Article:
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Health, wage disparity in Vancouver: expert

By Stefania Seccia

A jogger runs along the seawall in Stanley Park with the city skyline in the background.
(Reuters)

A jogger runs along the seawall in Stanley Park with the city skyline in the background. (Reuters)

The My Health My Community survey of 33,000 people in Metro Vancouver across ethnicities and ages has backed up what many experts have known for a long time — mental health status is an area that must improve.

That was amongst the findings of a self-reported survey released Tuesday, which was conducted between 2013 and 2014 across Vancouver Coastal Health and Fraser Health communities. It’s an effort to guide residents, agencies and local governments on what factors specifically impact health.

In Vancouver, 52% of people self-rated themselves as having excellent or very good mental health, compared to the 57% Metro Vancouver average.

Households with an annual income of $120,000-plus were 60% more likely to report excellent health compared to homes with an annual income under $40,000.

While 77% in Vancouver reported having a family doctor, it’s lower than the region’s 83% average. Compared to that average, recent immigrants were 25% less likely to have a family doctor.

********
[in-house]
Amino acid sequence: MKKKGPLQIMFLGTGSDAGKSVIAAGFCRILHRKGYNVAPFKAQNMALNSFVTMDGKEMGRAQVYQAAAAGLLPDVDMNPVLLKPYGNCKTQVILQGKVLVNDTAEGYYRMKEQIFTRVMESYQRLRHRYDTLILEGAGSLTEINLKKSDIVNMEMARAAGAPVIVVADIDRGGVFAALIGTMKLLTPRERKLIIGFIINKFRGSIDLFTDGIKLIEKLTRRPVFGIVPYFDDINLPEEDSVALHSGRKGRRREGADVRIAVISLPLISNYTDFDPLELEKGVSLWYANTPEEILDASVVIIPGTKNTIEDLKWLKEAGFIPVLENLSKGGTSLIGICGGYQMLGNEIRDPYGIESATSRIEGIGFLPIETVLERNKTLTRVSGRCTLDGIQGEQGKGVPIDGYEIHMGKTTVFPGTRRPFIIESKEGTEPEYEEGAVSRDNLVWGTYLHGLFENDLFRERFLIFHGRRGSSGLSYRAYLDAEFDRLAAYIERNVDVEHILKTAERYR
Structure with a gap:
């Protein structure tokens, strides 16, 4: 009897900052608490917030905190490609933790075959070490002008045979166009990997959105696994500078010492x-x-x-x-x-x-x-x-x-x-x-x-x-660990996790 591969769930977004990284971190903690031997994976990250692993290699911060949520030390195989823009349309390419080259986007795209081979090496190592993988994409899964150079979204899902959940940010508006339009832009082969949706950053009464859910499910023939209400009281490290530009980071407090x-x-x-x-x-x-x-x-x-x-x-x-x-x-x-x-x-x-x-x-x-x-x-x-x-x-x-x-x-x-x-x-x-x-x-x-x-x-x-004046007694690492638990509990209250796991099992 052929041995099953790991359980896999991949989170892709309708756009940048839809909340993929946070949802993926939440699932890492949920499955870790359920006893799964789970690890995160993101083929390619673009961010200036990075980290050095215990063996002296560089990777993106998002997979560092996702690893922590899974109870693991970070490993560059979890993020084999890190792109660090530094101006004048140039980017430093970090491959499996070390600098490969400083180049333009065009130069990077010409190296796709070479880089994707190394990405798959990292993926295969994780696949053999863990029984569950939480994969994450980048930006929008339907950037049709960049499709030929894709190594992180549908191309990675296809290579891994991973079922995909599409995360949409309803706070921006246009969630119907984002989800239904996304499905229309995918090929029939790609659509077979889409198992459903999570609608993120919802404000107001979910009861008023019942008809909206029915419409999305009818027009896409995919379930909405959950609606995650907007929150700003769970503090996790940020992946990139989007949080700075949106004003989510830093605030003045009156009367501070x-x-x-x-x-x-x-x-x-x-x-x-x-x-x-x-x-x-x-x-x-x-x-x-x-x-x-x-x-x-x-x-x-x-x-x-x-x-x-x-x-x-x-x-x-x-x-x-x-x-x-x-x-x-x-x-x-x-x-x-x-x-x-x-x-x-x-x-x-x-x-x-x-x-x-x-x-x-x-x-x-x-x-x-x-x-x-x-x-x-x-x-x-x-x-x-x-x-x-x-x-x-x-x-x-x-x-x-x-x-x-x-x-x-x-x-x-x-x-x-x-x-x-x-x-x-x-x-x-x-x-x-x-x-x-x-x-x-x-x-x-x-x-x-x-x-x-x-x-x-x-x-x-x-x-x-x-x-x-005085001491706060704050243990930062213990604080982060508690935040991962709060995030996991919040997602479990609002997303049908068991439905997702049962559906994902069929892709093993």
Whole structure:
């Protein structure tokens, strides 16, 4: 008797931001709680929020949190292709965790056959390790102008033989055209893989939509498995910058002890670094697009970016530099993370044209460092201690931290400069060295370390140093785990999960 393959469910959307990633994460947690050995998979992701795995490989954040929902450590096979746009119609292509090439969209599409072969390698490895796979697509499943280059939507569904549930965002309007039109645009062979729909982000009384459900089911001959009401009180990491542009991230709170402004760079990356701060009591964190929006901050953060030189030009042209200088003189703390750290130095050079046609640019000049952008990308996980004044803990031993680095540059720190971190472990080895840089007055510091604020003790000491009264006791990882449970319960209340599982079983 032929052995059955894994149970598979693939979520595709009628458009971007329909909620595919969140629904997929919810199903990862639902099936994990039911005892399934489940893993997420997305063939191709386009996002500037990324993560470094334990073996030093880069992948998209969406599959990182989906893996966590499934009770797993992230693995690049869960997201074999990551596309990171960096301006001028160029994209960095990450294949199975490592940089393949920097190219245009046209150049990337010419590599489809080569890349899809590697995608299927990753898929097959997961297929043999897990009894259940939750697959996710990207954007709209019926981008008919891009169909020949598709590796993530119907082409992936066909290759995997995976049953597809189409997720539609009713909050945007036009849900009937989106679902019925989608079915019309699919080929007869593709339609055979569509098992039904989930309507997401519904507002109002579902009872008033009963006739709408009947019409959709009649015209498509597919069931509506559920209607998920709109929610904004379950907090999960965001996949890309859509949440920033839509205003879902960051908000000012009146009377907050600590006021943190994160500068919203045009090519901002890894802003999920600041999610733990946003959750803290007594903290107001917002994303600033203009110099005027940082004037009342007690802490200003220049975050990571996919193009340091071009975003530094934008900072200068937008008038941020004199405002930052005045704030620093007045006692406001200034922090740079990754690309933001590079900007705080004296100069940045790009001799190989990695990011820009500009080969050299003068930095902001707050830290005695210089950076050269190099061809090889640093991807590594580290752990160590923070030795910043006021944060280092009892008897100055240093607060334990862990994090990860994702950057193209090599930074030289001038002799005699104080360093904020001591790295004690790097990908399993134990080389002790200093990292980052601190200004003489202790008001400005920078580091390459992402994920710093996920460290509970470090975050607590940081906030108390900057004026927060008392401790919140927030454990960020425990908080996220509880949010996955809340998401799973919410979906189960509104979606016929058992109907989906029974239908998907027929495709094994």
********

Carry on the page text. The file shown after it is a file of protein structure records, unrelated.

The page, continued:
Dr. Jat Sandhu, VCH Public Health Surveillance regional director, said the data is a starting point for a conversation with many communities on how they’re doing.

“I think the key here, we’ve long known and this is nothing new, is poverty is both a cause and consequence of poor health,” he said. “Each community has something to improve upon.”

Dr. Patricia Daly, VCH chief medical health officer, said the “significant” portion of people not reporting excellent mental health backs up what’s known about Vancouver’s mental illness issue.

“What can we be doing to try to reduce the risk of mental illness in the future?” she said. “I’m interested in preventing this.”

Daly said a continued focus on early childhood, and public health authorities across B.C. have identified the high risk of poor single mothers and providing them with “intensive support.”

The next important set of information released in the fall will be the neighbourhood data, according to Mary Clare Zak, Vancouver’s managing director of social policy and projects.

“Because of the changes to Canada’s census ... in respect to poverty, income levels, that data that all of us count on in order to plan properly becomes more obscured at the neighbourhood level,” she said.

Other results include 49% of Vancouverites admitting to spending more than two-plus hours a day looking at a phone screen; 28% said they had more than five servings of fruits and vegetables a day; and 38% said they walk or cycle for errands compared to the 20% average in the whole region.

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